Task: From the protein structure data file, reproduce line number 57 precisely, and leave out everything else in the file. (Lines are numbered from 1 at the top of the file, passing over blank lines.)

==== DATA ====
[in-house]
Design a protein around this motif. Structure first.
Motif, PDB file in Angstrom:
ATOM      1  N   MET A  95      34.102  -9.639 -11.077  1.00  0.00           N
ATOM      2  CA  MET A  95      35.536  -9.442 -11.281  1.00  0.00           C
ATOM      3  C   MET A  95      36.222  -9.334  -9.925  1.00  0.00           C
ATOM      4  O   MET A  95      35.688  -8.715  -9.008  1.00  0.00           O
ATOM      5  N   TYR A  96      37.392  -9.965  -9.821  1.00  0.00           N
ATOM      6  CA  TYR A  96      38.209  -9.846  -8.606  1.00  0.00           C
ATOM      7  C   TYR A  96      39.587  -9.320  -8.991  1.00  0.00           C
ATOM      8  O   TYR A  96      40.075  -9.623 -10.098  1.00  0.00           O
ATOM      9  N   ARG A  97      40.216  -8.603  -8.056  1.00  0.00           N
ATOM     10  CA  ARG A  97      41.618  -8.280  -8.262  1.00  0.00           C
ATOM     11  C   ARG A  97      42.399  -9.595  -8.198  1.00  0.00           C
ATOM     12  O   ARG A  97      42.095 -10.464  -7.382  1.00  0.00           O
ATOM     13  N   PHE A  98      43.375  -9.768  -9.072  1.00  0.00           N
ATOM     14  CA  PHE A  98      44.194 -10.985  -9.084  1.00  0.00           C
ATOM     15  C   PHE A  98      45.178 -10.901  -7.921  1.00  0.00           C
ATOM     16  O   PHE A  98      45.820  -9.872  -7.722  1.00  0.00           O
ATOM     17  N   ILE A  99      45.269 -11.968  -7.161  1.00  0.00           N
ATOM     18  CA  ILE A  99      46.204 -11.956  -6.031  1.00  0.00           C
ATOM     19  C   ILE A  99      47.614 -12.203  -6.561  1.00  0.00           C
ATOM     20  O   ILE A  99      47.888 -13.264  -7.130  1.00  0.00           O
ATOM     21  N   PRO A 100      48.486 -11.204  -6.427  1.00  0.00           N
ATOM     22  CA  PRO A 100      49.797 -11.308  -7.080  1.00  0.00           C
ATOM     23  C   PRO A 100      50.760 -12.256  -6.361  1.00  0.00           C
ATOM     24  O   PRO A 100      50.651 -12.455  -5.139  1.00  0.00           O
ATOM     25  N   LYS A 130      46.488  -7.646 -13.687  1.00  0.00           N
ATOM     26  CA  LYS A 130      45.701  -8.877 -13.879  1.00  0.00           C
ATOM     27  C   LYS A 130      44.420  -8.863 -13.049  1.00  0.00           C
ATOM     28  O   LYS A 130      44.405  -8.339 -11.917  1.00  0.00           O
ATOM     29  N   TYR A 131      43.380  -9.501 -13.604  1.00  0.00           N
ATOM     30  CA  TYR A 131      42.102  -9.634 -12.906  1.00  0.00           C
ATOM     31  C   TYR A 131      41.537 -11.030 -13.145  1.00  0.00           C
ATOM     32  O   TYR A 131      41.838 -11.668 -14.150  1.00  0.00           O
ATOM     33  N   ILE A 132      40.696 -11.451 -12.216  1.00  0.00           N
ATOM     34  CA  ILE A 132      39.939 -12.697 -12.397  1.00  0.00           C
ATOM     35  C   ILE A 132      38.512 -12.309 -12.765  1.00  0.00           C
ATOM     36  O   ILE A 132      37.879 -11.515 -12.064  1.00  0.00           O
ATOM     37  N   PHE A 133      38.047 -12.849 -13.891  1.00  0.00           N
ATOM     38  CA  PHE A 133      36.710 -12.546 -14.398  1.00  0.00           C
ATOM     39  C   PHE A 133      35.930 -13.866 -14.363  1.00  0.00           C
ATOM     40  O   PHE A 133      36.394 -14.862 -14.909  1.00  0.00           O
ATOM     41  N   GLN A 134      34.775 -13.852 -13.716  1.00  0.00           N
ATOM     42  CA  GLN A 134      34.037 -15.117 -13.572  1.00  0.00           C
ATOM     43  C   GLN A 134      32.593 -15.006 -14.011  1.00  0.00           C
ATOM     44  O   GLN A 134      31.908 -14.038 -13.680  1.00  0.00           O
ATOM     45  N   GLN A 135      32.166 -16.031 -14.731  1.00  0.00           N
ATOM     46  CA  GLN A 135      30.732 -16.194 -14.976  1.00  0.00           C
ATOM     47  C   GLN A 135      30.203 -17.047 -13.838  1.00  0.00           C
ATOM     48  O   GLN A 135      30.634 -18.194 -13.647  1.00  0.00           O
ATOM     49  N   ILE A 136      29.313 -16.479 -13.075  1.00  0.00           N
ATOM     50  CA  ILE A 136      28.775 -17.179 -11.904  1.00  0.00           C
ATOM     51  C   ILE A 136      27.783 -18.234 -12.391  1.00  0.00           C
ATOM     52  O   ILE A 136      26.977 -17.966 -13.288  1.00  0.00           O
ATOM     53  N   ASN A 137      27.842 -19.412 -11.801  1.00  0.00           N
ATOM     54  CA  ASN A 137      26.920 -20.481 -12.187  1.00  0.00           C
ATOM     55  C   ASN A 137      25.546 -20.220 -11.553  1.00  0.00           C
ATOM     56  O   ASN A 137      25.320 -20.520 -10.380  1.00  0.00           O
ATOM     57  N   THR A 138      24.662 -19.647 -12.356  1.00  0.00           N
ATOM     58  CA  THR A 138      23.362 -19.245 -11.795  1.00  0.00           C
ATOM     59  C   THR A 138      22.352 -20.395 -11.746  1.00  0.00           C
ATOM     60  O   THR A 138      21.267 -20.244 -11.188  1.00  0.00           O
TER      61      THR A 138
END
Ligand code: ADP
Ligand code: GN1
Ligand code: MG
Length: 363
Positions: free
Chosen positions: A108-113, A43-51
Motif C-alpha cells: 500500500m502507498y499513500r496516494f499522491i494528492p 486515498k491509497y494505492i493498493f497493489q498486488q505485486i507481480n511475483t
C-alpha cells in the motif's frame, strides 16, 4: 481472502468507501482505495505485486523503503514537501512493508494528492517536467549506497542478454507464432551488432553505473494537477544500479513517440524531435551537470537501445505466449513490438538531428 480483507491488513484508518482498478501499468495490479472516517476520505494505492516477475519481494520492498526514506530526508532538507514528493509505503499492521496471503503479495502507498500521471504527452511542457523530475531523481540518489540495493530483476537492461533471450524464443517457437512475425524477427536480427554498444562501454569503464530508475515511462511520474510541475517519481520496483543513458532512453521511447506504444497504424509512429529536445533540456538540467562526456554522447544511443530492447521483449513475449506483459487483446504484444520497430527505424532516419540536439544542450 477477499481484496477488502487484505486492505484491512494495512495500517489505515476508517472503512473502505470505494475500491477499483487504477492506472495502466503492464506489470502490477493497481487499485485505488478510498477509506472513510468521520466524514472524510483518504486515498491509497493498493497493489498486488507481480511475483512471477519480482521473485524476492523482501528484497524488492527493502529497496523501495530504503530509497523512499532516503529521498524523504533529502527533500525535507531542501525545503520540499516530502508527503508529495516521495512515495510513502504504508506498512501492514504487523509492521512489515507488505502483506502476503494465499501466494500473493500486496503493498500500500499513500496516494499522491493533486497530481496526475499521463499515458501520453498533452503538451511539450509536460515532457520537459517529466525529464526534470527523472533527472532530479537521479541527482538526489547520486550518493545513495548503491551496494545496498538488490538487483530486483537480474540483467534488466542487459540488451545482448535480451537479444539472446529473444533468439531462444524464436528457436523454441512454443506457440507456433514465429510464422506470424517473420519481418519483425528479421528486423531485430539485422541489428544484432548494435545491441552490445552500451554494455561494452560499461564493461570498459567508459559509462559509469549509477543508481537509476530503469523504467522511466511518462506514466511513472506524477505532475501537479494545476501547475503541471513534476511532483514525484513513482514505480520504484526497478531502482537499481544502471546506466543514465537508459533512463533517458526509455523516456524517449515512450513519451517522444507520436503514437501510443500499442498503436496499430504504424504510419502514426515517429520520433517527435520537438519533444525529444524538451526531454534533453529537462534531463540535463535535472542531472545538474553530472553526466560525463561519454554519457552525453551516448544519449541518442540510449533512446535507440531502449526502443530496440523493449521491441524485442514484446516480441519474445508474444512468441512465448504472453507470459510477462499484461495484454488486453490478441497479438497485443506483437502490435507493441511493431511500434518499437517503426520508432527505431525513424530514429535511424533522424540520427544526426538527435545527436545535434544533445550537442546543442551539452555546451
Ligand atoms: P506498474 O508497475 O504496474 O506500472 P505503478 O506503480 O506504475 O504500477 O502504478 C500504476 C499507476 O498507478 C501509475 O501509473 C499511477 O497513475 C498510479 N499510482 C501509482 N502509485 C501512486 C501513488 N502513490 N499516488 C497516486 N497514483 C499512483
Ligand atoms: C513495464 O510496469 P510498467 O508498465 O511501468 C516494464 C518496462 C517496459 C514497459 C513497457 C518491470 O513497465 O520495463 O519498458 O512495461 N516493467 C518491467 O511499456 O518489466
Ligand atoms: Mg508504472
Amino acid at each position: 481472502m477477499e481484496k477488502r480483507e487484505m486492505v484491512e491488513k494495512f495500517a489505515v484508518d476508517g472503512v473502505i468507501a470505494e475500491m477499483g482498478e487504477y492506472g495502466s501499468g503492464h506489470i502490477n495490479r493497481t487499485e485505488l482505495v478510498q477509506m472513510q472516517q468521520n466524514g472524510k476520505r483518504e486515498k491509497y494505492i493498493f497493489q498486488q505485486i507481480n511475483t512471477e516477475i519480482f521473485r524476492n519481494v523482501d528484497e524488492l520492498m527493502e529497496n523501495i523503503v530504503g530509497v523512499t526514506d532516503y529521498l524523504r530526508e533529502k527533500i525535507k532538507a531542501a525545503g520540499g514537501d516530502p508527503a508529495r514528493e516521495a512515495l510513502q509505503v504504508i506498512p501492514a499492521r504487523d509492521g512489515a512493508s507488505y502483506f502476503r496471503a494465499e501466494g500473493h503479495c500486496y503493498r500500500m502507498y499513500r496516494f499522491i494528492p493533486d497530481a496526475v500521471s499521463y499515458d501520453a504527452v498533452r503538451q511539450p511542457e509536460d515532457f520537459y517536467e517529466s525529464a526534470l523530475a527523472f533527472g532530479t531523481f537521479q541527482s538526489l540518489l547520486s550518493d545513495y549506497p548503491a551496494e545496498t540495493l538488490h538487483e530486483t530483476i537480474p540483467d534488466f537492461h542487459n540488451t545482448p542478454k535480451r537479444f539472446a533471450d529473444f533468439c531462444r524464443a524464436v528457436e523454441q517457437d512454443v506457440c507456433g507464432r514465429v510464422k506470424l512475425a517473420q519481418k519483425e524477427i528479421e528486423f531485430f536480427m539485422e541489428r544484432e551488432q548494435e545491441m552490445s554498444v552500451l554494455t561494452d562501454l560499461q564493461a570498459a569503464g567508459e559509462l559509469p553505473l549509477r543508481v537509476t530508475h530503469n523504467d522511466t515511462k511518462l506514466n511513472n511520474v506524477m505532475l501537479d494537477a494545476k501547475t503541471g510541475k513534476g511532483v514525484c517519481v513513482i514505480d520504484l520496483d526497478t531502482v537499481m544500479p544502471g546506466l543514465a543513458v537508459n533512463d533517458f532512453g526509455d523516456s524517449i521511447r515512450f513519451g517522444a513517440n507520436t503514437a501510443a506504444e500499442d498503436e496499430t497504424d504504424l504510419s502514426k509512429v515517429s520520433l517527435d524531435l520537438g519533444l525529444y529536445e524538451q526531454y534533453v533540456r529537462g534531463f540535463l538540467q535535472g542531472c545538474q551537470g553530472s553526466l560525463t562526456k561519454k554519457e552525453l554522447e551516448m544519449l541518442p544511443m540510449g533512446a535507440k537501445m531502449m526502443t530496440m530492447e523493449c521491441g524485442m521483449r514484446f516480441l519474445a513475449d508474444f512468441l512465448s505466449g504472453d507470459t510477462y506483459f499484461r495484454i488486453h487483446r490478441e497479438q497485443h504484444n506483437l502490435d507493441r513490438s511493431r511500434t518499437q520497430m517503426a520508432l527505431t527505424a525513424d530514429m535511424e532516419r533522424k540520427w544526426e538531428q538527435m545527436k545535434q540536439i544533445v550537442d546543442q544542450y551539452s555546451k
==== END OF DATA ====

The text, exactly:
ATOM     54  CA  ASN A 137      26.920 -20.481 -12.187  1.00  0.00           C